Should I Tell U.S. Immigration About Foreign Arrest If Charges Dropped?

Even if it's unlikely for the U.S. government to find out about a foreign arrest, it may be safer to disclose it on your adjustment of status application than hide it.

By , Attorney Florida Coastal School of Law
Updated 4/30/2024

If you are applying for a green card in the United States after marrying a U.S. citizen, and using the procedure known as "adjustment of status," you will need to fill out application Form I-485. And you'll notice that one question on that form asks: "Have you ever, in or outside the United States: Been arrested, cited, charged, indicted, convicted, fined, or imprisoned for breaking or violating any law or ordinance, excluding traffic violations?"

This leads to worry among applicants who, for example, were arrested a long time ago in their overseas home, but where the charge was later withdrawn. They wonder whether they can avoid complicating their case by bringing up the past, since ultimately they weren't charged with a crime; or whether the U.S. government will find out about the arrest and regard their failure to mention it as a lie. That is what this article will address, including:

  • whether failing to mention dismissed criminal charges will be looked upon as a lie, and
  • how risky it would be to not disclose this information.

Will USCIS Catch a Lie About Dismissed Foreign Criminal Charges?

Historically, U.S. government access to foreign criminal records (other than Canada's) has been limited. Therefore, if you do not tell U.S. Citizenship and Immigration Services (USCIS) about your arrest, there is a chance that the agency will not find out about it.

Nevertheless, given how quickly information-sharing technologies and policies are improving, and how serious the consequences for failing to disclose one's criminal background can be, you would be taking a chance on this.

Also, for adjustment of status applicants who have been associated with national security threats or organized crime, records of foreign convictions might already be available to USCIS through U.S. government databases and could be retrieved automatically after the biometrics appointment (at which your fingerprints will be taken).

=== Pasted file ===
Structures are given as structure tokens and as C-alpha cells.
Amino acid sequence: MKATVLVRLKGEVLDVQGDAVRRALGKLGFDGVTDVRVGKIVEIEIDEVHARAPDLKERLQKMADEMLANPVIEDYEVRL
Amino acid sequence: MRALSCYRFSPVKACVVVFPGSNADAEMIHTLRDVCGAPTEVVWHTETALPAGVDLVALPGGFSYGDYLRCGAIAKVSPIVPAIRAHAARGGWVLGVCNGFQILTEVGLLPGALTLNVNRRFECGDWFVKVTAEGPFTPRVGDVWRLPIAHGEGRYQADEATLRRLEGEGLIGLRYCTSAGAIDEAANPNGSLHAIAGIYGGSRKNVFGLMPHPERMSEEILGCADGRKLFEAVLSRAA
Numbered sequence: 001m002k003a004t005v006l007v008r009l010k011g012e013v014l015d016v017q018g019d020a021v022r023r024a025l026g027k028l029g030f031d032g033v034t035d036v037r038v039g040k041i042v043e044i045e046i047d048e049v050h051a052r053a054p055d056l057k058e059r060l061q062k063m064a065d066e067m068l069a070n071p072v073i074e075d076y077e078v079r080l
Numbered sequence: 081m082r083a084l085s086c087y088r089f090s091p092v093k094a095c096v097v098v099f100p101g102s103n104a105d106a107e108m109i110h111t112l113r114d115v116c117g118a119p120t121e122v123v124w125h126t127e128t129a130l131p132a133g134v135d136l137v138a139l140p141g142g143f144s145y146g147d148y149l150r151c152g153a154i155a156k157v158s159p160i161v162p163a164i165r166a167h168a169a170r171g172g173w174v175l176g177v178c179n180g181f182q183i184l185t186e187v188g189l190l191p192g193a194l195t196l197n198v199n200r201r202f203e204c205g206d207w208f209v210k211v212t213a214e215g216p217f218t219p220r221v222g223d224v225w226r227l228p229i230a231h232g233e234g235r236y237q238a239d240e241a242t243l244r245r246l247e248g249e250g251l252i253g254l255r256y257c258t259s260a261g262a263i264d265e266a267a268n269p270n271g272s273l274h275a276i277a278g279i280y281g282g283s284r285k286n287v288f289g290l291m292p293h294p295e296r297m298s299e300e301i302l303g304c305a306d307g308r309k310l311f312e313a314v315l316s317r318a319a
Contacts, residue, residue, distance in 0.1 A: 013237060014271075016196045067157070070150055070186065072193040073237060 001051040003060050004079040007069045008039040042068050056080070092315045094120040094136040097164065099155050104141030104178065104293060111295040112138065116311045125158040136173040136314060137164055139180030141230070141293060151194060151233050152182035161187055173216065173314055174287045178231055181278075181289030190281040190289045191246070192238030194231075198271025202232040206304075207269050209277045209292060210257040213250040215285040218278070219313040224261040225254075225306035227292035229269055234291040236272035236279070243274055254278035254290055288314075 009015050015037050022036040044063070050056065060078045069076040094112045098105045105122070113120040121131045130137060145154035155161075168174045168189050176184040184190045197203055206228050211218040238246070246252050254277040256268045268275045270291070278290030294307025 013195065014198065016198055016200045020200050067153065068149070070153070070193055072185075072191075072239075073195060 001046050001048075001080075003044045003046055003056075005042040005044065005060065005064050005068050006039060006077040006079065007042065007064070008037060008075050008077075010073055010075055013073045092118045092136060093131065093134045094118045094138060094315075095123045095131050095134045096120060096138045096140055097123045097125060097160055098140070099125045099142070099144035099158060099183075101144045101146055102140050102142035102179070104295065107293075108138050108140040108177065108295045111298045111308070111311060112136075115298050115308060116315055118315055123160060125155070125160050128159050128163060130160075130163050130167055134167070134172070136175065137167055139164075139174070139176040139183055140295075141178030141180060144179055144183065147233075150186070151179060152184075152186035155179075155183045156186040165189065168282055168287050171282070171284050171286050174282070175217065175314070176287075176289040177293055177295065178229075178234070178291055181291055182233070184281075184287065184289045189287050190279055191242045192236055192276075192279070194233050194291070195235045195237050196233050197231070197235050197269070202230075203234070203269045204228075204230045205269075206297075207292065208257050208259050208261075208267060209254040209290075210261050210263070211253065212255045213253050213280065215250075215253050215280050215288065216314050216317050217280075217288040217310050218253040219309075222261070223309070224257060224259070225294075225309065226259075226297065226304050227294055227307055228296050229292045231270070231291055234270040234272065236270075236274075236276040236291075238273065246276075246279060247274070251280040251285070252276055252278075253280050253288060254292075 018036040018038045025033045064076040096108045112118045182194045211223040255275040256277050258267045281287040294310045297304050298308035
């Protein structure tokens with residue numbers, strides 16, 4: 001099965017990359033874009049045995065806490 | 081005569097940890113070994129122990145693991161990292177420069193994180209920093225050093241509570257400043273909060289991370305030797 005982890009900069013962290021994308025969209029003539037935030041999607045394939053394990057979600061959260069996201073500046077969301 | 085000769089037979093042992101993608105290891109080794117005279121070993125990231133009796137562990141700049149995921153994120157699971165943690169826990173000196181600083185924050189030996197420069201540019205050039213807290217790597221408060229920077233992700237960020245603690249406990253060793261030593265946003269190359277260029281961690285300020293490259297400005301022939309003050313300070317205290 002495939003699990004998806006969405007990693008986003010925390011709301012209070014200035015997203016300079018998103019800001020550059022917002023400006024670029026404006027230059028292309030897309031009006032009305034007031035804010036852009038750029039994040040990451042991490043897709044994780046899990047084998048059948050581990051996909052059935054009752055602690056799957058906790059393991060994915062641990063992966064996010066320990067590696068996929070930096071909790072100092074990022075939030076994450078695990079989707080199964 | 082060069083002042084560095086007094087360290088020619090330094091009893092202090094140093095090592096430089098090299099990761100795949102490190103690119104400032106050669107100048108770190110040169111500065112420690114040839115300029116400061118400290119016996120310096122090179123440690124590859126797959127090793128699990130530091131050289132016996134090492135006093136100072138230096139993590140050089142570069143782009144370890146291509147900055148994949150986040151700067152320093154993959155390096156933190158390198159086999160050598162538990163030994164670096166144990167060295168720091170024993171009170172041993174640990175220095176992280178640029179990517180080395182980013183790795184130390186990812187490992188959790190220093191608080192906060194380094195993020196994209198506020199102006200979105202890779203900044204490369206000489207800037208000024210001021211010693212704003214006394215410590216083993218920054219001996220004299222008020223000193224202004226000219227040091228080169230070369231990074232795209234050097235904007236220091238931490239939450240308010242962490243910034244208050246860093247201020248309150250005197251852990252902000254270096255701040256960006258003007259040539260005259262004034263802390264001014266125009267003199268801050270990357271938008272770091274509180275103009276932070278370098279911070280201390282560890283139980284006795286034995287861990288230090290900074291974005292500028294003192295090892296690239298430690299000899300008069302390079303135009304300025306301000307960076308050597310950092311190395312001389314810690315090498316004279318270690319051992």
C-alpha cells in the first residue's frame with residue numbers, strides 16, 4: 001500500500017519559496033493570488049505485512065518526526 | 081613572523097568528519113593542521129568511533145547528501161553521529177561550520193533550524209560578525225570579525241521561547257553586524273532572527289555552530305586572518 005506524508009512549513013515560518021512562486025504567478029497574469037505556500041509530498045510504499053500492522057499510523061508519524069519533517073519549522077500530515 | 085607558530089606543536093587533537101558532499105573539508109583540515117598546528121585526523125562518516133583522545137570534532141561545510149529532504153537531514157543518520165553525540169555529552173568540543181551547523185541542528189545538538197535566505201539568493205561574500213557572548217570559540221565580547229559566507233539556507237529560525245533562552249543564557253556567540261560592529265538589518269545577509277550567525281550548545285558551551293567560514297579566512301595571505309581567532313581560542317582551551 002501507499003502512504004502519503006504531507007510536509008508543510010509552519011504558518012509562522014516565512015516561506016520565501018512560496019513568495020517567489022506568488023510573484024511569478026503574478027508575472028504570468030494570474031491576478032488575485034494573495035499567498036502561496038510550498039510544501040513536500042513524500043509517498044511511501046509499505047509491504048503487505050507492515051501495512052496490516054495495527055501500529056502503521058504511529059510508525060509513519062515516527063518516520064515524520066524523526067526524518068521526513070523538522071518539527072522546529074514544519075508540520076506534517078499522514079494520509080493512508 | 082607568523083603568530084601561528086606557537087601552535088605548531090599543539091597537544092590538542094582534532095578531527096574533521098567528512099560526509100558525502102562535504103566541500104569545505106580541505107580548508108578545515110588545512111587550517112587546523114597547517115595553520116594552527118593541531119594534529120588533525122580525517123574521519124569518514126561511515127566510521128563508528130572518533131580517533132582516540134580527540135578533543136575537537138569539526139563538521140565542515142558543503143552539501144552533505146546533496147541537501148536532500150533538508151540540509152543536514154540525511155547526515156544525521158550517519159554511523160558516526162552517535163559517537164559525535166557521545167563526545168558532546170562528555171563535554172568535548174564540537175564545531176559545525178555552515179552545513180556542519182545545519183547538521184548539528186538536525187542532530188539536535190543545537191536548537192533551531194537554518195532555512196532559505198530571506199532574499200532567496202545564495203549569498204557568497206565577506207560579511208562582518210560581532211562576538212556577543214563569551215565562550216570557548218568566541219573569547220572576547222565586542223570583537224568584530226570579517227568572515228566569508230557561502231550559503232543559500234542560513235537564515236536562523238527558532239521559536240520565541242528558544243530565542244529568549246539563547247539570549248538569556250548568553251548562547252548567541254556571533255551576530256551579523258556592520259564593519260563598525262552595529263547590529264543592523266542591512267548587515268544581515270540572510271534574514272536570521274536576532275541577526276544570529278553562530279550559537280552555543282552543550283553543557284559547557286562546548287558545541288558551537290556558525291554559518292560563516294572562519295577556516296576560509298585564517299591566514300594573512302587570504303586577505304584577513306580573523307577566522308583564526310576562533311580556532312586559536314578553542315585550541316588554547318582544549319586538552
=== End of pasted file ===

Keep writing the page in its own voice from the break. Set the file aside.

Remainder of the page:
For all other adjustment of status applicants, USCIS would need to make an individual records request through Interpol. That is unlikely to happen unless an application raises particular suspicions. Add to this the fact that foreign governments might be reluctant to share records of arrests and charges that did not result in a conviction, and you could reasonably conclude that USCIS is unlikely to find out about your criminal history.

How Risky Is It to Say Nothing About the Arrest on Form I-485?

Even the remote chance that USCIS might find out about that background should dissuade you from answering "No" to the Form I-485 question about your previous arrest and charge.

Your record could be revealed if, for example, you traveled outside the United States one day and were required, for one reason or another, to apply for an immigrant visa in order to reenter the country. In this case, you might also need to submit a police certificate with your U.S. visa application. As a result, you would be found inadmissible to the United States on grounds of "willful misrepresentation"; in other words, for failing to disclose your criminal background. (And, even assuming you managed to obtain a waiver for this bar, your future access to U.S. citizenship could be jeopardized for lack of "good moral character.")

These risks seem unnecessary, especially because, in the absence of aggravating factors, many minor crimes would not make you inadmissible even if you were eventually found guilty of (or pled guilty to) a criminal act; though USCIS would still want to judge for itself your explanation of the circumstances of your arrest and dismissal.

Getting Legal Help

When in doubt, especially about something as complex as the overlay of criminal and immigration law, hiring an attorney to help with your green card application can make your life much easier. The attorney can not only analyze the risks but help you with the paperwork and draft a cover memo explaining the facts of your arrest and dismissal and charges, and making the argument that it should have no affect on your U.S. immigration prospects. Also see How Expensive Is an Immigration Lawyer?

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